MenslineA 24-hour counselling service for men. Phone them on 1300 78 99 78, or visit www.mensline.org.au

Veterans Counselling Service

Support for all veterans and their families. Telephone: 1800 011 046, or visit www.vvaa.org.au

Headspace

A mental health website for young people up to age 25: www.headspace.org.au

Crisis Care

Gay and Lesbian Counselling and Community Services of Australia provides information and links to counselling services for gay and lesbian people. Telephone: 1800 18 45 27 or see the website for numbers in your state/territory, www.glccs.org.au

Who to call

For immediate support, when your life may be in danger, ring 000 or go to your local hospital emergency department.

ServiceNumber

National 24 Hour crisis telephone counselling services

Lifeline 13 11 14

Salvo Care Line1300 36 36 22

Kids Help Line1800 55 1800

Queensland

Crisis Counselling Service1300 363 622

ACT

Crisis Assessment and Treatment Team1800 629 354

New South Wales

Suicide Prevention and Crisis Intervention1300 363 622

Salvo Care Line02 9331 6000

Northern Territory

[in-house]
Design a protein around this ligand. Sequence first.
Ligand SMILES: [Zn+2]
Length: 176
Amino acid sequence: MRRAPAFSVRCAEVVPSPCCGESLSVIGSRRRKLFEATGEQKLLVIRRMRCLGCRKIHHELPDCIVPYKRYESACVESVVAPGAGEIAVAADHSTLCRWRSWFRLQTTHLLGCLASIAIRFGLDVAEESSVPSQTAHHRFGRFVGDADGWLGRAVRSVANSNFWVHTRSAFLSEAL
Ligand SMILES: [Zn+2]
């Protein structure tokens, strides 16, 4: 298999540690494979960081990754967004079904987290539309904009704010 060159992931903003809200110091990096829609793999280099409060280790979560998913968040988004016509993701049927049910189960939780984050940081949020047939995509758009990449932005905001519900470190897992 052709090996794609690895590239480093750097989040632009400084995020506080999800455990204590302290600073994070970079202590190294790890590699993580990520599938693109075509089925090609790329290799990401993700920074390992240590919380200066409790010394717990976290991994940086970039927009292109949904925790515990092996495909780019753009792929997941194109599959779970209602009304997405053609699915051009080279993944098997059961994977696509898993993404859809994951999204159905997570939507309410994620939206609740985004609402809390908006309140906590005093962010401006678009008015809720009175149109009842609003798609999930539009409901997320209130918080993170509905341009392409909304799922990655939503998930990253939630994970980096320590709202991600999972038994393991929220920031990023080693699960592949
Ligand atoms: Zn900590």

Crisis Line Northern Territory1800 019 116

South Australia

Mental Health Assessment and Crisis Intervention Service13 14 65

Tasmania

Samaritans Lifelink – country1300 364 566

Samaritans Lifelink – metro03 6331 3355

Victoria

Suicide Help Line Victoria1300 651 251

Western Australia

Samaritans Suicide Emergency Service – country1800 198 313Emergency Service – metro08 9381 5555

Note: Many of these services also offer interpreter services for those people who speak English as a second language (ESL).

Acknowledgement: This page was created with reference to the “Living is for everyone” publication Promoting good practice in suicide prevention: Activities targeting men produced by the Australian Government Department of Health and Ageing: 2008.

RETRIEVED https://livingwell.org.au/managing-difficulties/dealing-with-suicidal-thoughts/

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19 yr delays and truth telling

Of serious concern amongst most communities is the frequent questioning of “well, why didn’t you tell us closer to when it happened?” (delay) and/or “how do we know you’re not making it up?” (truth telling). As negatively-impacting as each of these statements may be one the victim-survivour of Child Sexual Abuse, the fact that they’ve reached the point they are willing to speak of these past events and it’s receiving a defensive reaction of disbelief, only adds to their sorrow.

Now would be ideal timing to instigate Counselling, if the abused-child/adult has not undertaken this momentous step. Knowing that to make this fundamental leap, is of importance on many levels. Parental or Carer disagreement with this fundamental step, can have just as devastating effects on the surviving-victim of these abuses. Research has shown that children show more honesty, whereas the perpetrating adults frequently are lying, to claim their lack of guilt.